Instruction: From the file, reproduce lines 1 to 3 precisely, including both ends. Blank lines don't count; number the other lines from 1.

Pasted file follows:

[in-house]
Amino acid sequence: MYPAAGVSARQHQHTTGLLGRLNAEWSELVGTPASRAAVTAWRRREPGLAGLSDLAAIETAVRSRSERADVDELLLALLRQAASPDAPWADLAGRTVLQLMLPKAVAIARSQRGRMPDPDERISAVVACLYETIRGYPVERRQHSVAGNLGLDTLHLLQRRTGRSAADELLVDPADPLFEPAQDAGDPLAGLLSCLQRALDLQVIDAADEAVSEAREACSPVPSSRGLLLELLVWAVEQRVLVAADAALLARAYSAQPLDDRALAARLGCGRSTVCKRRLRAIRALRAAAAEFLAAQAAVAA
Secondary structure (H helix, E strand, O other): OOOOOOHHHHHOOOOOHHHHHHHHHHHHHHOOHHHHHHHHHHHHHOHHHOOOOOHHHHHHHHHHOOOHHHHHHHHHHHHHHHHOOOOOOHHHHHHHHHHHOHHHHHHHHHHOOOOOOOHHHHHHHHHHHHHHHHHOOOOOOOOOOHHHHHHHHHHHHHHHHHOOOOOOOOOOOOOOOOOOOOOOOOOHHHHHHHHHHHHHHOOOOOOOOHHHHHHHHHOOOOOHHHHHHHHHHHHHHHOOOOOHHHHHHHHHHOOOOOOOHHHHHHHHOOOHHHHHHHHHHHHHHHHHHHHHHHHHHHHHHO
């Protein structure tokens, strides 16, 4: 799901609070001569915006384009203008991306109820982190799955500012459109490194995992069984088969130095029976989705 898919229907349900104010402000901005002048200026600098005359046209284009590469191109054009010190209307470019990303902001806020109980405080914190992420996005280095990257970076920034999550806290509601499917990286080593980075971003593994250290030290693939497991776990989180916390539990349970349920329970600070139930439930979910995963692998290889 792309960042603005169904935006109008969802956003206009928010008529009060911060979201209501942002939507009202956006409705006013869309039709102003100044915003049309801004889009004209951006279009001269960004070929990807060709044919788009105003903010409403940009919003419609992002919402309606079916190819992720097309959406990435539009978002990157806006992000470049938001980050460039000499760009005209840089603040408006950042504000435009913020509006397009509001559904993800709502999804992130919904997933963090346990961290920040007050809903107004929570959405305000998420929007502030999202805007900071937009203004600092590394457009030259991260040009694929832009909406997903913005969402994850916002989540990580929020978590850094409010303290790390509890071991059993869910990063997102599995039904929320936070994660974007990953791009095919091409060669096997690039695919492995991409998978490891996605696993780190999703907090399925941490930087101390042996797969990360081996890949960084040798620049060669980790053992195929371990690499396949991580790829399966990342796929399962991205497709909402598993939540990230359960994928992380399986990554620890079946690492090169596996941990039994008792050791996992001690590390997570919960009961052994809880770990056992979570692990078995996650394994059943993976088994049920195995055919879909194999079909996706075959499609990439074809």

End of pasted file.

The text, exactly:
[in-house]
Amino acid sequence: MYPAAGVSARQHQHTTGLLGRLNAEWSELVGTPASRAAVTAWRRREPGLAGLSDLAAIETAVRSRSERADVDELLLALLRQAASPDAPWADLAGRTVLQLMLPKAVAIARSQRGRMPDPDERISAVVACLYETIRGYPVERRQHSVAGNLGLDTLHLLQRRTGRSAADELLVDPADPLFEPAQDAGDPLAGLLSCLQRALDLQVIDAADEAVSEAREACSPVPSSRGLLLELLVWAVEQRVLVAADAALLARAYSAQPLDDRALAARLGCGRSTVCKRRLRAIRALRAAAAEFLAAQAAVAA
Secondary structure (H helix, E strand, O other): OOOOOOHHHHHOOOOOHHHHHHHHHHHHHHOOHHHHHHHHHHHHHOHHHOOOOOHHHHHHHHHHOOOHHHHHHHHHHHHHHHHOOOOOOHHHHHHHHHHHOHHHHHHHHHHOOOOOOOHHHHHHHHHHHHHHHHHOOOOOOOOOOHHHHHHHHHHHHHHHHHOOOOOOOOOOOOOOOOOOOOOOOOOHHHHHHHHHHHHHHOOOOOOOOHHHHHHHHHOOOOOHHHHHHHHHHHHHHHOOOOOHHHHHHHHHHOOOOOOOHHHHHHHHOOOHHHHHHHHHHHHHHHHHHHHHHHHHHHHHHO